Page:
Colorado Department of Transportation workers assess a rock face threatening U.S. Highway 40 between Hayden and Steamboat Springs in 2011.

Photo by Matt Stensland

Colorado Department of Transportation workers assess a rock face threatening U.S. Highway 40 between Hayden and Steamboat Springs in 2011.

Mount Harris Canyon rockfall project set for March

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Editor's note: This story has been updated to reflect that rockfall reports were made in 2011.

The Colorado Department of Transportation plans to next month start a four-month-long rockfall prevention project in Mount Harris Canyon. Officials hope the work will allow motorists to travel more safely along a section of U.S. Highway 40 that runs between Steamboat Springs and Hayden.

Rockfalls in the section of the highway that runs through the canyon killed one person and caused several accidents in the past two years. CDOT received four reports of rocks falling in the canyon in 2011.

CDOT spokeswoman Ashley Mohr said Monday that workers are expected to start the nearly $1 million project March 19 by scaling the high cliffs between mile markers 113 and 120 to bring down any loose rocks. Workers then will begin installing vinyl-coated chain-link fencing to some of the cliff faces along the stretch of highway to contain falling rocks and prevent them from crashing down onto the road. The project also will strategically add sections of fencing above the cliffs to catch falling rocks and boulders that may tumble down slopes CDOT engineers have determined to be potentially dangerous.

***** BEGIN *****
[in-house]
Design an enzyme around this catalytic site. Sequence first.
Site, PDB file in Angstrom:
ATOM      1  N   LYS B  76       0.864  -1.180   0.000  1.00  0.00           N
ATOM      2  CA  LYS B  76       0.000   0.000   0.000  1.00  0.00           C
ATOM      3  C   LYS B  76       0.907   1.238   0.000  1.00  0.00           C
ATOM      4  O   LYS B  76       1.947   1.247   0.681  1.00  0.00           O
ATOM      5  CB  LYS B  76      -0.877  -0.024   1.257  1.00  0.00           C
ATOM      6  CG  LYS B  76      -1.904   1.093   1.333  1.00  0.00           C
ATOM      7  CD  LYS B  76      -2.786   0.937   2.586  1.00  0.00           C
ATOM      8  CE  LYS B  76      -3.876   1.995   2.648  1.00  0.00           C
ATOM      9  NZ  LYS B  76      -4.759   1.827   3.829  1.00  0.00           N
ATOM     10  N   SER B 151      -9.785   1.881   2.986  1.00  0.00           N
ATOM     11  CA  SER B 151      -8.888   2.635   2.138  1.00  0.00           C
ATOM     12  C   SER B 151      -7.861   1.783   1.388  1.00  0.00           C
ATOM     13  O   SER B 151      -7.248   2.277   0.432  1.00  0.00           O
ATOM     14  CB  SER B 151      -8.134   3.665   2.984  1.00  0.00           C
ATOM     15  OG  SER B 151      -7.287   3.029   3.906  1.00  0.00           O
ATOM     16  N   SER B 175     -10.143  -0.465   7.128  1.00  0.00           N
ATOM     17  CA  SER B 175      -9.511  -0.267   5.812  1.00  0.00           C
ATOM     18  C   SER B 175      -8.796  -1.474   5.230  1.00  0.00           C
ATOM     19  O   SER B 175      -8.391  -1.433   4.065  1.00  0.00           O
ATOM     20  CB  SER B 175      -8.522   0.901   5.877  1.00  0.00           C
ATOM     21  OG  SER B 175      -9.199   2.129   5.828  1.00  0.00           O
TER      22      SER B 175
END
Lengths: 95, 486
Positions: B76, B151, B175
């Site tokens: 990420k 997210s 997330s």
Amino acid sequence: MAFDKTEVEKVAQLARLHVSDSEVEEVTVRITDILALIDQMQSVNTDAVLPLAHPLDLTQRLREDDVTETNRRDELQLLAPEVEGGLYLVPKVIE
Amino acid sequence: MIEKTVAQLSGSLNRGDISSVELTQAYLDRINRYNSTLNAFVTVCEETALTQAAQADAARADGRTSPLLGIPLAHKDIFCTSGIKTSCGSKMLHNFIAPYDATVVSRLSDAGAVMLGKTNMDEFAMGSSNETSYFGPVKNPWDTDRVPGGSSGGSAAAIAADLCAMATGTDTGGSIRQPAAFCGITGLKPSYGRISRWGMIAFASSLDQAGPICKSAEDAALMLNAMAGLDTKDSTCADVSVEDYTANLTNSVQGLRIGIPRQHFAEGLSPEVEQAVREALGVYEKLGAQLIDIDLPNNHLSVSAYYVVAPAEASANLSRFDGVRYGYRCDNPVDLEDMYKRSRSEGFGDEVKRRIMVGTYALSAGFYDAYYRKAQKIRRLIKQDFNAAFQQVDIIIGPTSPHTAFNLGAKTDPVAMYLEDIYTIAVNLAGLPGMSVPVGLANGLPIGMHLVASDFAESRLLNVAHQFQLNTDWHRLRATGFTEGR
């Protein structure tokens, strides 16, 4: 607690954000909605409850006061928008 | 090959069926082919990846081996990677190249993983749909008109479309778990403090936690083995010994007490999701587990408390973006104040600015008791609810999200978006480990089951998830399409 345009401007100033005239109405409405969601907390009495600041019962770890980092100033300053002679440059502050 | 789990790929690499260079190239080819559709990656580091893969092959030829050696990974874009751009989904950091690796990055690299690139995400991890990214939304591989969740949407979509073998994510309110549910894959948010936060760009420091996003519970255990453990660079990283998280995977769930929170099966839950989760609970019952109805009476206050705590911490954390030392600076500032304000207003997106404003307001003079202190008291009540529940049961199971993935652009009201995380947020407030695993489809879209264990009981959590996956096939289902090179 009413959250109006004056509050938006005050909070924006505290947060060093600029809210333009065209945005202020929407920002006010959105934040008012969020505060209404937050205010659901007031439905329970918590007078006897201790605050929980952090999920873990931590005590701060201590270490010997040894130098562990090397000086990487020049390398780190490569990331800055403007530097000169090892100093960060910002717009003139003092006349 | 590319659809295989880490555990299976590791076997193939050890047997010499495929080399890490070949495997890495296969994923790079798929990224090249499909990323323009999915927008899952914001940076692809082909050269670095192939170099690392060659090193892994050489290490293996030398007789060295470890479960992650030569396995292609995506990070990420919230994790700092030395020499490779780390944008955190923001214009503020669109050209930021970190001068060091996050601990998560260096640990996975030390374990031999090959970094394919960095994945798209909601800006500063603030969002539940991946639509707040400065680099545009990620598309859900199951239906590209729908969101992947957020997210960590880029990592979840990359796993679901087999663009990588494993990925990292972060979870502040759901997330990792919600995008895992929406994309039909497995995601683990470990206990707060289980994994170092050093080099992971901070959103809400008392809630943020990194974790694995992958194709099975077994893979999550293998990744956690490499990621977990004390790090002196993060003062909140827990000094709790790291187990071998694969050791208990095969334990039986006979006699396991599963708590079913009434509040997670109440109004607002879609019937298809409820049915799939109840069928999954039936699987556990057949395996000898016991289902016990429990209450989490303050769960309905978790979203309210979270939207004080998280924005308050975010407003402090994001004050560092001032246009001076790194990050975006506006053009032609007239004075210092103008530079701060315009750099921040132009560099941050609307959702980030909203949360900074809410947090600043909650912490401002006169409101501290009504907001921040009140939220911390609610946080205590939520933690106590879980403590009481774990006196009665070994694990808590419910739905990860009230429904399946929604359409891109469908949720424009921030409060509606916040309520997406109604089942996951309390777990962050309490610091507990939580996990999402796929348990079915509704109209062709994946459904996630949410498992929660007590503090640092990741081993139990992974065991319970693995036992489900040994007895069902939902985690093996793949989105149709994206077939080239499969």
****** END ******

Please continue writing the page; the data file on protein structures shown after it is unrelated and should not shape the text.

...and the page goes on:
“We haven’t had any recent incidents (in the canyon), but we want to make sure everyone is as safe as possible,” Mohr said. “We know we’ve had problems in the area in the past, and we want to be proactive this spring.”

Mohr said CDOT is funding half of the project and the rest is being paid for by dollars from Funding Advancement for Surface Transportation and Economic Recovery legislation, known as FASTER. FASTER dollars are collected from increased state vehicle registration fees. Workers also are expected to resurface a portion of the highway near the canyon during the span of the rockfall project that is expected to be finished by August.

Mohr said CDOT hopes to limit any traffic delays on the busy commuter route to a maximum of 20 minutes during the construction hours that will run between 8 a.m. and 4 p.m. Speed limits in the canyon also will be reduced during the project.

Mohr said CDOT soon will launch www.coloradodot.info/projects/MtHarrisCanyon/ and post updates about the project there.

To reach Scott Franz, call 970-871-4210 or email scottfranz@SteamboatToday.com

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